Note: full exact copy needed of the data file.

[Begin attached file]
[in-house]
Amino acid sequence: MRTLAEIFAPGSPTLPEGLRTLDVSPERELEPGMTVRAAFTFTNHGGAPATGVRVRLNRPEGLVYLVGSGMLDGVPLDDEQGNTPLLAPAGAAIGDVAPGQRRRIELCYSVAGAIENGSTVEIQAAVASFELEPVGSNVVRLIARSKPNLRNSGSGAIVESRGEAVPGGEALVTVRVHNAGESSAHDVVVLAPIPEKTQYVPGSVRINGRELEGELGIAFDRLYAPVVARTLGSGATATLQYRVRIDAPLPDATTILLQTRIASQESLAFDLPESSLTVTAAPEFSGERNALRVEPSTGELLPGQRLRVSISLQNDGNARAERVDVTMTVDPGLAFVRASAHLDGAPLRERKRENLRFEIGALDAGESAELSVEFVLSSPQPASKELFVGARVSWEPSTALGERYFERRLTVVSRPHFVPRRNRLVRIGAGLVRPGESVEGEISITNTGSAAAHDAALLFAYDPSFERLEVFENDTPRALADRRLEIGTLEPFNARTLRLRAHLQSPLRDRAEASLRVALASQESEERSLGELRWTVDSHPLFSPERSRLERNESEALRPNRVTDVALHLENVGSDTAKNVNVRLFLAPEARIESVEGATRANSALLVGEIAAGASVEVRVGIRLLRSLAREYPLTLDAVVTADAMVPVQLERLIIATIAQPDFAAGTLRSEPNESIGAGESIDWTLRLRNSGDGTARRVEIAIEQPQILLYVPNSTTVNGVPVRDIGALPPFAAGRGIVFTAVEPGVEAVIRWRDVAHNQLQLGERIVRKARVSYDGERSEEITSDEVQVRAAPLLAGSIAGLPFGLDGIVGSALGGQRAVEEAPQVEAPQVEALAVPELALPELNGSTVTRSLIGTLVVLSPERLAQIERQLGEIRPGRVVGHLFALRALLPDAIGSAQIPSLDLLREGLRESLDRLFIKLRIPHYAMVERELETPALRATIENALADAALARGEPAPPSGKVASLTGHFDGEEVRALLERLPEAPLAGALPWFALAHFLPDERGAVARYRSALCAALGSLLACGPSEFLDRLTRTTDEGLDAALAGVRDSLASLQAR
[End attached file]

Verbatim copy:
[in-house]
Amino acid sequence: MRTLAEIFAPGSPTLPEGLRTLDVSPERELEPGMTVRAAFTFTNHGGAPATGVRVRLNRPEGLVYLVGSGMLDGVPLDDEQGNTPLLAPAGAAIGDVAPGQRRRIELCYSVAGAIENGSTVEIQAAVASFELEPVGSNVVRLIARSKPNLRNSGSGAIVESRGEAVPGGEALVTVRVHNAGESSAHDVVVLAPIPEKTQYVPGSVRINGRELEGELGIAFDRLYAPVVARTLGSGATATLQYRVRIDAPLPDATTILLQTRIASQESLAFDLPESSLTVTAAPEFSGERNALRVEPSTGELLPGQRLRVSISLQNDGNARAERVDVTMTVDPGLAFVRASAHLDGAPLRERKRENLRFEIGALDAGESAELSVEFVLSSPQPASKELFVGARVSWEPSTALGERYFERRLTVVSRPHFVPRRNRLVRIGAGLVRPGESVEGEISITNTGSAAAHDAALLFAYDPSFERLEVFENDTPRALADRRLEIGTLEPFNARTLRLRAHLQSPLRDRAEASLRVALASQESEERSLGELRWTVDSHPLFSPERSRLERNESEALRPNRVTDVALHLENVGSDTAKNVNVRLFLAPEARIESVEGATRANSALLVGEIAAGASVEVRVGIRLLRSLAREYPLTLDAVVTADAMVPVQLERLIIATIAQPDFAAGTLRSEPNESIGAGESIDWTLRLRNSGDGTARRVEIAIEQPQILLYVPNSTTVNGVPVRDIGALPPFAAGRGIVFTAVEPGVEAVIRWRDVAHNQLQLGERIVRKARVSYDGERSEEITSDEVQVRAAPLLAGSIAGLPFGLDGIVGSALGGQRAVEEAPQVEAPQVEALAVPELALPELNGSTVTRSLIGTLVVLSPERLAQIERQLGEIRPGRVVGHLFALRALLPDAIGSAQIPSLDLLREGLRESLDRLFIKLRIPHYAMVERELETPALRATIENALADAALARGEPAPPSGKVASLTGHFDGEEVRALLERLPEAPLAGALPWFALAHFLPDERGAVARYRSALCAALGSLLACGPSEFLDRLTRTTDEGLDAALAGVRDSLASLQAR